The artworks engage with ideas of ambiguity and trepidation, conveying an existence set on the threshold of realities. To mark the opening of the exhibition, we spoke to exhibiting artist Marty Schnapf. As the first in a series of interviews with the Rites of Passage artists, we delve into the intricacies of Schnapf’s artistic practice and the works he has presented for the show.
UL: Can you explain your process, from the beginning of a work to the finished piece?
MS: I'll do my best. I enter each painting like an unfamiliar forest. I understand a bit about walking in the woods from decades of doing so, but I haven’t a clue what I’ll encounter. Paradoxically, the maker of this world and its explorer are the same. And, just as a dream can betray an attunement of which we were not theretofore conscious, so also a painting can, when allowed to unfold and in places supersede itself, bring forth visual effects that both perplex and reveal. To paint in this way, requires a perhaps foolhardy commitment to ardent unknowing. That is not to suggest that the decisions made along the way are in any way arbitrary. Rather, they are internally responsive. This is one of those slippery idiosyncrasies that distinguishes a painting from a picture that is painted. So when is the painting finished? When, half-delirious and muddied to the hip, I stumble on a rock, fall down a bank, and land heals over head in an unexpected clearing. Ahh, the traps we lay to catch the self.
UL: How does being a multidisciplinary artist affect your practice?
MS: Multidisciplinary…I use the term too, but it doesn’t really fit, does it? The mediums may change but the discipline does not, the drive does not. In the end, most boundaries are just agreed upon fictions. Maybe that realization has affected my work the most. Qualities assumed to be the exclusive purview of specific mediums need not be. For example, paintings are generally considered static objects (entropy aside), but art isn’t really about objects, is it? It’s about processes of exchange and transformation. Every art encounter is an ongoing, ever-transforming mental event, even if unconsciously so. With that in mind I approach every painting as time-based. I judge the success of a work not only by its ability to persist but its ability to persistently challenge.
UL: Your works typically feature fragmented and abstracted figures. Are these figures representative of real people from life or are they imagined?
MS: I find them in the charcoal and paint. Most undergo what some would consider significant transformation along the way – female to male, white to black... To paint the figure generously, you have to embrace its autonomy.
UL: The figures in your works have been described as “hovering in a liminal state”. Can you pinpoint what draws you towards these themes of ambiguity and suspension?
MS: Life itself is ambiguity and suspension. We pretend otherwise, but, from a consciousness standpoint, we have no idea what came before or will come after. So, here we hover, overflowing with memories, dreams, desires, all conspiring to grow that enigmatic seed we call self. When a painted figure begins to express some level of psychological intricacy, it approaches the liminal space between mere image and something like selfhood. This should not be conflated with verisimilitude. It is not the appearance of being real but, more directly, being real.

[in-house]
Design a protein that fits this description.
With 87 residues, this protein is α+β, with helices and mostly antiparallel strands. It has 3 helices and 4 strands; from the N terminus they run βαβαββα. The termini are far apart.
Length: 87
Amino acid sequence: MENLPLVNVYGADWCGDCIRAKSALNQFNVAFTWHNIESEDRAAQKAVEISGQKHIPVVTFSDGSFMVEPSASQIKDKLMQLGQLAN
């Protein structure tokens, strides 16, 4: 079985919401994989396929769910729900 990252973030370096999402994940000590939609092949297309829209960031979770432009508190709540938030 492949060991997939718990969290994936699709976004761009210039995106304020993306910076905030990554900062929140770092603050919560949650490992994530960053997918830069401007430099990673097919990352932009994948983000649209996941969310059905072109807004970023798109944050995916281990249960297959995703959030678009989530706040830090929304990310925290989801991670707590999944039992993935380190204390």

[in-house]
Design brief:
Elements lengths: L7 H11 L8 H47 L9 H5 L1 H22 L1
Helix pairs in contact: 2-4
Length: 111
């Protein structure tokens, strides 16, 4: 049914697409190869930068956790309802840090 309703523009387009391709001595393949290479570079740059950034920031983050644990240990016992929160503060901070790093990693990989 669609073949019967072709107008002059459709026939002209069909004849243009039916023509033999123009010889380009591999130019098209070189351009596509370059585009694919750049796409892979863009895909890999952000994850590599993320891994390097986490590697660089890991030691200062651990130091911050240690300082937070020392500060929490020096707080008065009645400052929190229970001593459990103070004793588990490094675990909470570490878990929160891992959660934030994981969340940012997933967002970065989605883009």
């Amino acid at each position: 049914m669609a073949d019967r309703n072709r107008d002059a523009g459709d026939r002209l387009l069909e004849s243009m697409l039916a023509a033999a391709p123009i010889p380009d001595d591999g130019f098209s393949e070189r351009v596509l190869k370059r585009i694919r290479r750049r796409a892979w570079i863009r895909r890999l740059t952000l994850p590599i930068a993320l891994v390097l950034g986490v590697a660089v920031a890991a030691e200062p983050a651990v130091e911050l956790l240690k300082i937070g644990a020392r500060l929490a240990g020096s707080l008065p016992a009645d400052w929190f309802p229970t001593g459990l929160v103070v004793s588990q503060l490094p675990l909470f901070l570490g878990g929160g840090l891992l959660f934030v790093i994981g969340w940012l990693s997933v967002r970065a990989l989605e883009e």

UL: Your artworks often blend representational elements with heighted abstraction. What do you hope to evoke through this particular visual language?
MS: This is one of those false dichotomies that I mostly don’t attend to. All paintings are simultaneously abstract and representational, and again, so is life. We are percipients of a world that is at once outside and within us. Even the concepts, outside and within, fall apart rather quickly upon investigation. But, let’s return to the question of what I hope to evoke. Never one thing alone. Take for example, the hardwood floors that have appeared in a number of my recent paintings. They are often painted as several floors overlapping or interrupting one another. They rarely follow the same rules of perspective. Here they are opaque. There they reveal a sublayer of dappled paint that appears elsewhere in an arm. The world is shifting beneath our feet. The space where we stand enfolds memories of other spaces. It also contains a vast potentiality of spaces yet untrod. There are formal reasons, musical reasons. I could go on and on but why take away from the viewer? The discovery of these elements and their infinite recombination with other aspects of the work are what give a painting duration.
UL: Often your works feature multiple figures intertwined with one another in numerous layered positions. However, the works you present for Rites of Passage feature solitary figures in states of relative stillness, even repose. Can you explain this development?
MS: I regularly step outside of my comfort zone (large-scale, complex works) and try to condense the thing I’m doing into a much simpler, but hopefully no less powerful form. I feel like this keeps me honest somehow.
UL: After Rites of Passage, what lies in store for you? Do you envisage your practice changing in any way?
MS: Yes, my practice always changes, but at the same time, it remains inextricably connected to my life and whatever unique sensibility that offers me. I never really stop painting, and I am well into my next body of work. In addition, I just wrote my first film, a cross-generational love quadrangle between a writer, a painter, a composer, and a filmmaker. It is the closest I’ve come to bringing together the things I’ve learned from a quarter century of art making. Now I’m looking at ways to confound the distinction between cinematic narrative and real world art events.